“There are a lot of companies where their business is heaviest during this season, and it doesn’t make sense for them to actually have the celebration before Christmas, so they do it as a type of new-year celebration,” she said.

This happens frequently at restaurants in the area as well, and it’s the reason why Center Square keeps decorations up well into the new year so customers can still feel the holiday spirit even after the holidays are over.

In short, whether businesses are going with a new tradition or sticking with an old one, there is no shortage of options for holiday parties in Western Mass. — and banquet halls and restaurants say they’re happy to oblige.

Kayla Ebner can be reached at [email protected]

Smith Executive Education invites you to leverage your organization’s unique mission and function to align with the growing knowledge base for sustainability practices in the workplace. Four weeks of online learning and a one-hour virtual live session with expert Dano Weisbord, Executive Director of Sustainability and Campus Planning at Smith College. This course is designed for your busy schedule, with four weeks of online learning and a one-hour virtual live session with faculty. Take advantage of this special introductory pricing

Smith Executive Education invites you to leverage your organization’s unique mission and function to align with the growing knowledge base for sustainability practices in the workplace. Four weeks of online learning and a one-hour virtual live session with expert Dano Weisbord, Executive Director of Sustainability and Campus Planning at Smith College. This course is designed for your busy schedule, with four weeks of online learning and a one-hour virtual live session with faculty. Take advantage of this special introductory pricing

Smith Executive Education invites you to leverage your organization’s unique mission and function to align with the growing knowledge base for sustainability practices in the workplace. Four weeks of online learning and a one-hour virtual live session with expert Dano Weisbord, Executive Director of Sustainability and Campus Planning at Smith College. This course is designed for your busy schedule, with four weeks of online learning and a one-hour virtual live session with faculty. Take advantage of this special introductory pricing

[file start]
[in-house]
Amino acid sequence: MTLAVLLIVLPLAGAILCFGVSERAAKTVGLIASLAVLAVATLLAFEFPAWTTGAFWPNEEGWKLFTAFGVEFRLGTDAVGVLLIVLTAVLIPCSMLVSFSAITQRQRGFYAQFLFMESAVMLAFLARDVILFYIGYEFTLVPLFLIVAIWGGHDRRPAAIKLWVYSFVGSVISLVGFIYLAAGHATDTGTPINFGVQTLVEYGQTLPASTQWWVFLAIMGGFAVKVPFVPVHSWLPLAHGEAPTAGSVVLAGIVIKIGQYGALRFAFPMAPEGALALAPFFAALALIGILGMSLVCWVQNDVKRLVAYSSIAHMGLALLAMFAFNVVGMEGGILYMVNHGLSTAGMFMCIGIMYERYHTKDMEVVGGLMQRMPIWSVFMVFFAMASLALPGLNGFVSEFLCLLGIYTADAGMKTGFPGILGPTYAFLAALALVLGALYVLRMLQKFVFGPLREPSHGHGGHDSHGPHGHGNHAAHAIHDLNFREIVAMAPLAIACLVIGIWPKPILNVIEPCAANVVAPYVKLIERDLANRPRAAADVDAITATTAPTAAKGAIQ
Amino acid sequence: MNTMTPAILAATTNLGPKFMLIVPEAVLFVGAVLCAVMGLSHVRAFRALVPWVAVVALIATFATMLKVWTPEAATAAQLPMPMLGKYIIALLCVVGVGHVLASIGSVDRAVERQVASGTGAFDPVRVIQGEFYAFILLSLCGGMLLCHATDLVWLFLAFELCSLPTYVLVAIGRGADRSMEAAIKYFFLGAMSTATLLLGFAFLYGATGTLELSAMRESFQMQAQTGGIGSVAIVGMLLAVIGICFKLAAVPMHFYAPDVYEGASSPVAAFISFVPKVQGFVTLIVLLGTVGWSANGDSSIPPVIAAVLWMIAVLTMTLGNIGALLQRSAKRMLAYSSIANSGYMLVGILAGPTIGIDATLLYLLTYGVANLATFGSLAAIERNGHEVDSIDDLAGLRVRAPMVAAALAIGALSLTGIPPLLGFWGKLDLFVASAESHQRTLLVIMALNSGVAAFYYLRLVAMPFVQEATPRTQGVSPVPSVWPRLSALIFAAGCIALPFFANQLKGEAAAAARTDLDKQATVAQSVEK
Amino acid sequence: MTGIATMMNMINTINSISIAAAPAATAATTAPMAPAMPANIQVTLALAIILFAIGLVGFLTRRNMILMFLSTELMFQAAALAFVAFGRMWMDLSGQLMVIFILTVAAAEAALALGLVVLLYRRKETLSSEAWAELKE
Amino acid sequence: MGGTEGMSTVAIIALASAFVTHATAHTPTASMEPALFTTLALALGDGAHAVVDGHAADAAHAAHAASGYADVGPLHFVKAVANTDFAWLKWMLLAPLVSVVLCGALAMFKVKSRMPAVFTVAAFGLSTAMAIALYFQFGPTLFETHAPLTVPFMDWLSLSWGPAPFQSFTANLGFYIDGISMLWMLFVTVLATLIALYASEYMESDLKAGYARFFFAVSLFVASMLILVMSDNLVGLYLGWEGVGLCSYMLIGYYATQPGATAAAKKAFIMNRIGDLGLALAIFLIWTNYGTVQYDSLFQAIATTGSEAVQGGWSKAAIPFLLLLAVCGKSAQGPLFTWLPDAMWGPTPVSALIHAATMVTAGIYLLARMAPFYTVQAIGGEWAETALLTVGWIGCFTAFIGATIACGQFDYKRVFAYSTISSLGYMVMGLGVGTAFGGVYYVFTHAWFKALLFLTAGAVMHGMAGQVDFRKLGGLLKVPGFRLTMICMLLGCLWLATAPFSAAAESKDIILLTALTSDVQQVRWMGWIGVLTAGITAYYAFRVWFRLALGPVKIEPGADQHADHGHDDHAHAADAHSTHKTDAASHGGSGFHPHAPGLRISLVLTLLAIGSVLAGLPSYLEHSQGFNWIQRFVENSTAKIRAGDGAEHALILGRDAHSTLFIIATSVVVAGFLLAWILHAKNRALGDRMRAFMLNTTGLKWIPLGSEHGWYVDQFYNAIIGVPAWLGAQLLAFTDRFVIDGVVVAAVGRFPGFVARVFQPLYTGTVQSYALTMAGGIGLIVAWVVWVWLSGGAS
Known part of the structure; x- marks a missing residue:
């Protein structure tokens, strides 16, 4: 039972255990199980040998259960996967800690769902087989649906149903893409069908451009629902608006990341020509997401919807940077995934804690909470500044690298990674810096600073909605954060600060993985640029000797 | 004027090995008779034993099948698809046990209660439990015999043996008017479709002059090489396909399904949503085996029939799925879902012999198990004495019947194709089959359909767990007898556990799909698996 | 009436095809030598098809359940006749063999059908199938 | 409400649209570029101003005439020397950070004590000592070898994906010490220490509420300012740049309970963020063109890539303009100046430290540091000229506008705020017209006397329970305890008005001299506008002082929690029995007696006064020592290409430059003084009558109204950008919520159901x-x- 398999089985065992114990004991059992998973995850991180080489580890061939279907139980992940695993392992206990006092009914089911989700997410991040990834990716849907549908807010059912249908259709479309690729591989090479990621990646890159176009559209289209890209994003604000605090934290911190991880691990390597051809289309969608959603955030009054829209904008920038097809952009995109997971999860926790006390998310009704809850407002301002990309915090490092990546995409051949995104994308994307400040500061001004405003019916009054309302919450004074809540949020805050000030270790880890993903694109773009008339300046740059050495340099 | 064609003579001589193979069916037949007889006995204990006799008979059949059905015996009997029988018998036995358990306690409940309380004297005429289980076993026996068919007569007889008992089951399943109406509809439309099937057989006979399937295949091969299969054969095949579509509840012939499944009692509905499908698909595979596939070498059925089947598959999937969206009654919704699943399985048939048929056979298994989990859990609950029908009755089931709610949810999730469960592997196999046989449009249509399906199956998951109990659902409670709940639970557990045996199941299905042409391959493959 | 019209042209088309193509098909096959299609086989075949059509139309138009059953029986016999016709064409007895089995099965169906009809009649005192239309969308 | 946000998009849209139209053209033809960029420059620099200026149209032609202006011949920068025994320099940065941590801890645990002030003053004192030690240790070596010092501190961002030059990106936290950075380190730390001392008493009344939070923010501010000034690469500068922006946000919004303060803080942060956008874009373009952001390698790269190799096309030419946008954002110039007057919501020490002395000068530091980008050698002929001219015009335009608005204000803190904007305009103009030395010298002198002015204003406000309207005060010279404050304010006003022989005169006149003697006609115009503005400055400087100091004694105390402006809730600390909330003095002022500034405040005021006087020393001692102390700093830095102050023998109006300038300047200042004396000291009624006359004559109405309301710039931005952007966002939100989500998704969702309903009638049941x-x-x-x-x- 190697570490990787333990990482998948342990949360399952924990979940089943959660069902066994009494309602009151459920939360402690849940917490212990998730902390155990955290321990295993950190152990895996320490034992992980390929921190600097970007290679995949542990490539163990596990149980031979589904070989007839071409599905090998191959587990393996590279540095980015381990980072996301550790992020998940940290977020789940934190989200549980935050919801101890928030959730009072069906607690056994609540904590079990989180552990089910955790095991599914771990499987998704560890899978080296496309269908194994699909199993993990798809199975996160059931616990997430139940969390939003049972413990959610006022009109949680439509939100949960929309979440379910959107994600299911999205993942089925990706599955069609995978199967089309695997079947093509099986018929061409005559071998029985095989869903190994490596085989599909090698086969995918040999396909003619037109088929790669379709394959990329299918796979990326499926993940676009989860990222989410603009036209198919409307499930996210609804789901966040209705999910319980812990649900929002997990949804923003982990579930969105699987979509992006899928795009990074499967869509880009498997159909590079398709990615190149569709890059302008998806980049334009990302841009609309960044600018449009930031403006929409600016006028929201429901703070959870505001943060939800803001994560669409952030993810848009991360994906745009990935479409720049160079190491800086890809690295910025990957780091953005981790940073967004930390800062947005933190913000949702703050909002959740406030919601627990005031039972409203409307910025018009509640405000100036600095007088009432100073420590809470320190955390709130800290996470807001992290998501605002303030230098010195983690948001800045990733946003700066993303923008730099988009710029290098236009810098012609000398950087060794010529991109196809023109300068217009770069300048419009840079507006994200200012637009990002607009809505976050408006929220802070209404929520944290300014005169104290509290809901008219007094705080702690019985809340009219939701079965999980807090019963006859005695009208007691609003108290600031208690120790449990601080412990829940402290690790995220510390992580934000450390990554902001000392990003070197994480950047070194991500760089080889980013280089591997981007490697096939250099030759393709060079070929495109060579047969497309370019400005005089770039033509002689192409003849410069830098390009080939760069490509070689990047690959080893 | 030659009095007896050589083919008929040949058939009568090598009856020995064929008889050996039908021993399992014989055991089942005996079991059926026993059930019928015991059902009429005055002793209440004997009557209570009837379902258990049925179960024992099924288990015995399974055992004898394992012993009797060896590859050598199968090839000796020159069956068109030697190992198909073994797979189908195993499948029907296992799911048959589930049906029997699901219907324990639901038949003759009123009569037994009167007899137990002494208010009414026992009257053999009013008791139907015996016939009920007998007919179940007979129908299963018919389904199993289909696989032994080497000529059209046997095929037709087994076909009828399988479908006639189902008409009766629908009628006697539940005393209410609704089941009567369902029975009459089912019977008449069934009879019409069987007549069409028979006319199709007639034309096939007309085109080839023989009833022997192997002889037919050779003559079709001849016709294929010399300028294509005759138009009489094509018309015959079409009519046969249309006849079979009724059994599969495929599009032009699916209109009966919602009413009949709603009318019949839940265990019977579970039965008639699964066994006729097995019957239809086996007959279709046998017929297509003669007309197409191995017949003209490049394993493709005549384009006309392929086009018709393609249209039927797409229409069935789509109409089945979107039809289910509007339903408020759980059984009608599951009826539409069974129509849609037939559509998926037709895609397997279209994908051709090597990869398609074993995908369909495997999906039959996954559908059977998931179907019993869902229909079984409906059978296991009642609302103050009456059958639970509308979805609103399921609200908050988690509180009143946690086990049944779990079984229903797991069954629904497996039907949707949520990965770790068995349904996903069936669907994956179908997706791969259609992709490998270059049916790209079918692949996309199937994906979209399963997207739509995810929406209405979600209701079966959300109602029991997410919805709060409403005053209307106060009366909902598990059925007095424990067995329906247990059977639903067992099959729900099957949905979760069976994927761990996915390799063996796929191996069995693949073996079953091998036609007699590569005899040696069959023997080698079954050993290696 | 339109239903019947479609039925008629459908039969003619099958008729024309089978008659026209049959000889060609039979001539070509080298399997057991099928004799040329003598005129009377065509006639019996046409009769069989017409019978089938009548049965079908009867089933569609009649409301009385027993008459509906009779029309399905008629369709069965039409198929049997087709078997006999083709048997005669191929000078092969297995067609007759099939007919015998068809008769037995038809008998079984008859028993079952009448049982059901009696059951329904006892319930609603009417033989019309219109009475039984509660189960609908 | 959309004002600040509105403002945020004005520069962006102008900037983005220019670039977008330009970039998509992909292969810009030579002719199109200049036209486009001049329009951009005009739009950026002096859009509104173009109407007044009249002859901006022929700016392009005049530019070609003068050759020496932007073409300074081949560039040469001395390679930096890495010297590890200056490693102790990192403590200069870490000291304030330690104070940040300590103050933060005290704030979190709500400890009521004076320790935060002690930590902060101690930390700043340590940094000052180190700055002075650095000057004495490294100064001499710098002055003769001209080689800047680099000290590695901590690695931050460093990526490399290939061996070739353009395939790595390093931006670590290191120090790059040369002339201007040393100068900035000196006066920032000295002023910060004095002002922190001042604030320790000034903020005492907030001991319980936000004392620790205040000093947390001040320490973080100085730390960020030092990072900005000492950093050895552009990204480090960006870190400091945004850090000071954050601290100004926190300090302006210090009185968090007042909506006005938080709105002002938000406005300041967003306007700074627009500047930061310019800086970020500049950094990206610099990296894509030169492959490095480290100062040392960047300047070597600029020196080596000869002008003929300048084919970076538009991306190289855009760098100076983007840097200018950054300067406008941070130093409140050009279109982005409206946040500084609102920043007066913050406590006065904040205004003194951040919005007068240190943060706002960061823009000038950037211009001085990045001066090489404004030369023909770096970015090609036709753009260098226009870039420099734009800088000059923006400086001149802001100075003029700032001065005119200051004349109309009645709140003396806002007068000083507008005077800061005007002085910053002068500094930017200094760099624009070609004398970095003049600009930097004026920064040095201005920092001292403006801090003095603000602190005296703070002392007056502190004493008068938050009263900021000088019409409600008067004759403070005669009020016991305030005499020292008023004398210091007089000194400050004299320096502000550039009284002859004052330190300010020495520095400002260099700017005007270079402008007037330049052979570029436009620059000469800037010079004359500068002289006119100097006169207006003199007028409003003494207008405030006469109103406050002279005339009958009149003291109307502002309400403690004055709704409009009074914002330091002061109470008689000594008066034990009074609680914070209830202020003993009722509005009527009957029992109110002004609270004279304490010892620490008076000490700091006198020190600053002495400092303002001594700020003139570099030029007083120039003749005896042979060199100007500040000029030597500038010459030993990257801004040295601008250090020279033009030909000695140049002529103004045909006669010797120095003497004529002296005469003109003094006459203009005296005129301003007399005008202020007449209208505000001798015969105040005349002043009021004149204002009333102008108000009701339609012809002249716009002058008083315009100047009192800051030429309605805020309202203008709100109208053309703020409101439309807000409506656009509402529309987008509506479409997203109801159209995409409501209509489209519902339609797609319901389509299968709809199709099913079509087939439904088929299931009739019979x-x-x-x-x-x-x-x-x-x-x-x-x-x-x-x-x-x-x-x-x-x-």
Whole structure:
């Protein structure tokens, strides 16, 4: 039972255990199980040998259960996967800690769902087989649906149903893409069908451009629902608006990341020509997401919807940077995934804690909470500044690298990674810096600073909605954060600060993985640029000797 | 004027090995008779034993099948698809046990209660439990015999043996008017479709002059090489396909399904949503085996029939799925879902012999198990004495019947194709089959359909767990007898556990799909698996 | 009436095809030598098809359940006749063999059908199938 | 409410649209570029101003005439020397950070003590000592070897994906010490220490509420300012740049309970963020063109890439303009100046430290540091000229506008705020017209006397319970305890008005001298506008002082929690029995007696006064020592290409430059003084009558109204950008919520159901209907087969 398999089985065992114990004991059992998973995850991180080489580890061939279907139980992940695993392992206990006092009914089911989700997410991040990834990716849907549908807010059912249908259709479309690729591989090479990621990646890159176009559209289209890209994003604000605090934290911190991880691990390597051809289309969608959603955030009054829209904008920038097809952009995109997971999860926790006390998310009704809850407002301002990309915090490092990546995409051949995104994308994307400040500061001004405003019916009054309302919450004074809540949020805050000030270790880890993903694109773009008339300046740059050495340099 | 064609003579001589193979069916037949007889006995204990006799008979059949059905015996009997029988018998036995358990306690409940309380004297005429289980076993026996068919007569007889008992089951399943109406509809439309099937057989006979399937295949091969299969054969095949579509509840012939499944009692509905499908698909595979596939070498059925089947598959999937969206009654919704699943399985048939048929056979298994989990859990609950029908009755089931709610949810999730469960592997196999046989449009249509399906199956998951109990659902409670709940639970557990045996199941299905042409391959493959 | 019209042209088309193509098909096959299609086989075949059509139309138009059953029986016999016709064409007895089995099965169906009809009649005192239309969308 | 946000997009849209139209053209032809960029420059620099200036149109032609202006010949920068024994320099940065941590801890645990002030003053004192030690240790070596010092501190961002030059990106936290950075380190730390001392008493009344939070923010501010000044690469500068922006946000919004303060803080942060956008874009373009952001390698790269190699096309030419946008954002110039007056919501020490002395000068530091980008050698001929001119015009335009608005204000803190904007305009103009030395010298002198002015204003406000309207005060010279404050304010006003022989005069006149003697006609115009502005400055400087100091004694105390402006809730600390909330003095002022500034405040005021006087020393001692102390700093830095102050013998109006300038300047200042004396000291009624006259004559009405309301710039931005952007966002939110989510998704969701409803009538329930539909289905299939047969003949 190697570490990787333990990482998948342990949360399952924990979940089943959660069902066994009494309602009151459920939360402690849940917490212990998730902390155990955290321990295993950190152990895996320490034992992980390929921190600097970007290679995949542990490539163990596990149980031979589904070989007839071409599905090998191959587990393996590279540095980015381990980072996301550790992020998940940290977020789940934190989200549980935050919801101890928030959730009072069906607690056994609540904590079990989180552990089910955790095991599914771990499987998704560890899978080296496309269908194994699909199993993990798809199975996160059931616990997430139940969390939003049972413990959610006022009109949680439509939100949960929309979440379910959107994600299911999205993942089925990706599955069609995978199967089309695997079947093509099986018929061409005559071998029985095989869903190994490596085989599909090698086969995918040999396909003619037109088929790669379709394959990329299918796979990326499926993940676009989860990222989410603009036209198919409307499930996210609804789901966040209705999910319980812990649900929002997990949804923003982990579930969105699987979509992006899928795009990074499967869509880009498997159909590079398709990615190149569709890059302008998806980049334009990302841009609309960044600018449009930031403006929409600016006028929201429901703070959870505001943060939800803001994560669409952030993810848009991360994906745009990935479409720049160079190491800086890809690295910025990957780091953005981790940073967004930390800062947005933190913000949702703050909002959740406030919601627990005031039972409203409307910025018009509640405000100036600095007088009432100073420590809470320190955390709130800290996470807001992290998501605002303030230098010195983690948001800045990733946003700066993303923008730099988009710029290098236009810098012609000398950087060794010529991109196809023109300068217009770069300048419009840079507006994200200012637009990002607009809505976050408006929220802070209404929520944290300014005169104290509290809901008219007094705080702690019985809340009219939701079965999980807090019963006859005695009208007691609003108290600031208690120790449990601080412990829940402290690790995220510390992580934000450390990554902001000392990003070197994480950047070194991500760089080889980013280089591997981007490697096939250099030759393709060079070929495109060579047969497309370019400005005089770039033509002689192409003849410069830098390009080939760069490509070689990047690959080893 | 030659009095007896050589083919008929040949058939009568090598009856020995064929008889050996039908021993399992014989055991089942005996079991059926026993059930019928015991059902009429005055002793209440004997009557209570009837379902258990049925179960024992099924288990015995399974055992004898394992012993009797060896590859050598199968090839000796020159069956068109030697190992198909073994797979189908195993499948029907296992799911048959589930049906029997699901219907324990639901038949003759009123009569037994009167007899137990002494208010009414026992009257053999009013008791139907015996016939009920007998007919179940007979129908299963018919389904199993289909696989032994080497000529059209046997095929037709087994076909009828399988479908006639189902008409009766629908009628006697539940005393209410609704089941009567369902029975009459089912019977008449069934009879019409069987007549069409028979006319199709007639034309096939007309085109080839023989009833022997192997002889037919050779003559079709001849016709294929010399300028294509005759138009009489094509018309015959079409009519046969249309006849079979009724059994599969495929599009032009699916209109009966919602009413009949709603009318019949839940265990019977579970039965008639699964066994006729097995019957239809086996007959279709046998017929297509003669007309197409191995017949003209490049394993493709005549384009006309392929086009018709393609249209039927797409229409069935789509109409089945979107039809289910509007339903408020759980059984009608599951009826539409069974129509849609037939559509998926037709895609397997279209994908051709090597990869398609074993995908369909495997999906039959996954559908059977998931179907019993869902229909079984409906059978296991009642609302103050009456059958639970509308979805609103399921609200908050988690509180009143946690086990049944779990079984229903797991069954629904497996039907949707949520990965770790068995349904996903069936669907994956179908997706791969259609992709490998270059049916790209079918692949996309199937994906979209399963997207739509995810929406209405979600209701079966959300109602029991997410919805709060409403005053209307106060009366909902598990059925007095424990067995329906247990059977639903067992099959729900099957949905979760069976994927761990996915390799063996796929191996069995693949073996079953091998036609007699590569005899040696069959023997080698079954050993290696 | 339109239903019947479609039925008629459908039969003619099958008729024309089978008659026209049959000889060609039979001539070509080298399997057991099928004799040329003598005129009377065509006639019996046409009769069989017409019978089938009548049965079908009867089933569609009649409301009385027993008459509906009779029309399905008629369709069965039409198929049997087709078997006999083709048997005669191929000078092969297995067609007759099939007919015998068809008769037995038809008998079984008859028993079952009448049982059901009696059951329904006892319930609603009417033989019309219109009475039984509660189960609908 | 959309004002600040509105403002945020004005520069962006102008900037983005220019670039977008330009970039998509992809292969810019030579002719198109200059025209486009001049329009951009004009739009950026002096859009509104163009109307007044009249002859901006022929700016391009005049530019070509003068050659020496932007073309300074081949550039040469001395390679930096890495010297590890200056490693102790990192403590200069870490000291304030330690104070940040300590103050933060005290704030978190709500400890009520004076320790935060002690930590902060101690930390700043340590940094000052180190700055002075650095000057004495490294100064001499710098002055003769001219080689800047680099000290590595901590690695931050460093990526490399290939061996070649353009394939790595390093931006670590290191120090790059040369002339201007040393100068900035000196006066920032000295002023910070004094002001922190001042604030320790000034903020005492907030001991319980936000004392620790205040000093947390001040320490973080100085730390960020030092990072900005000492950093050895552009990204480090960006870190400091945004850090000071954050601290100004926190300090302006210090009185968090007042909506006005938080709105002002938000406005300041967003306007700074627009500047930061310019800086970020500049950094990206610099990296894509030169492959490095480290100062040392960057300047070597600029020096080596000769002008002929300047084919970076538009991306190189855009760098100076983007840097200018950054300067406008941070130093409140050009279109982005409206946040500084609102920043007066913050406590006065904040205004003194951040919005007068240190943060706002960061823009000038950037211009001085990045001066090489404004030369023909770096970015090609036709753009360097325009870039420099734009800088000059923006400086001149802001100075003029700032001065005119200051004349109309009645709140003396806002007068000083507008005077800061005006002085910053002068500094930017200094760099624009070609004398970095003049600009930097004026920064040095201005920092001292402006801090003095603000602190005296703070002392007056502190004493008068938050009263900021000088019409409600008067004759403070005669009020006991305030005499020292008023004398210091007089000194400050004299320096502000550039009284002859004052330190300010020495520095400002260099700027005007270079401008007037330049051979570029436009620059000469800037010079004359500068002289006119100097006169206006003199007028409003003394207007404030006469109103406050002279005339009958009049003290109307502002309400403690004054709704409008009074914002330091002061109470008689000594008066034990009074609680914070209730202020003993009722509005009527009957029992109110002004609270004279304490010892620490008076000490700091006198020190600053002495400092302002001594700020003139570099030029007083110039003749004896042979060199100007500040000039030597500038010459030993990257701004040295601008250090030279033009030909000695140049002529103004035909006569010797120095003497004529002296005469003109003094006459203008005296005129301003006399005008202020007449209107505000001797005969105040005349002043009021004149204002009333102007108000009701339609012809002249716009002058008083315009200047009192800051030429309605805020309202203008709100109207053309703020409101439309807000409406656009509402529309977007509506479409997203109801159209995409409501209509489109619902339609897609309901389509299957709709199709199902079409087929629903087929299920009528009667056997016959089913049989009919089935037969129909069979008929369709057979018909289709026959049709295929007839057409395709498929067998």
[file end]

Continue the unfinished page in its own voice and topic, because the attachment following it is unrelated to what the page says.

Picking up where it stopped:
Smith Executive Education invites you to leverage your organization’s unique mission and function to align with the growing knowledge base for sustainability practices in the workplace. Four weeks of online learning and a one-hour virtual live session with expert Dano Weisbord, Executive Director of Sustainability and Campus Planning at Smith College. This course is designed for your busy schedule, with four weeks of online learning and a one-hour virtual live session with faculty. Take advantage of this special introductory pricing

Senior Planning

Take care to prepare

What was once a demographic ripple has become a full-blown wave — and it’s getting bigger.

According to the U.S. Census Bureau, in 2000, the number of adults age 65 and older was 35 million, or 12.4% of the total population. In 2016, the number of seniors had risen to 49.2 million or 15.2% of the population.

By 2030, the bureau estimates, more than 20% of U.S. residents will have passed their 65th birthdays, and by 2035, that demographic will outnumber children younger than 18 — an unprecedented swing.


View the PDF flipbook HERE

 

What does all this mean?

It means it’s time to prepare — the sooner, the better.

As the Baby Boom generation continues to march into their retirement years — at the rate of 10,000 per day — Americans are living longer than ever. But what that life will entail, post-65, can wildly vary depending on lifestyle preferences, health status, finances, and more.

The questions are myriad. What levels of care are available, and what do they include? How will I pay for all of this, especially if I, or my parents, live well past 80 or 90? How do I approach mom or dad with my concerns that they might not be able to live alone anymore? What’s an estate plan, and what documents do I need to worry about?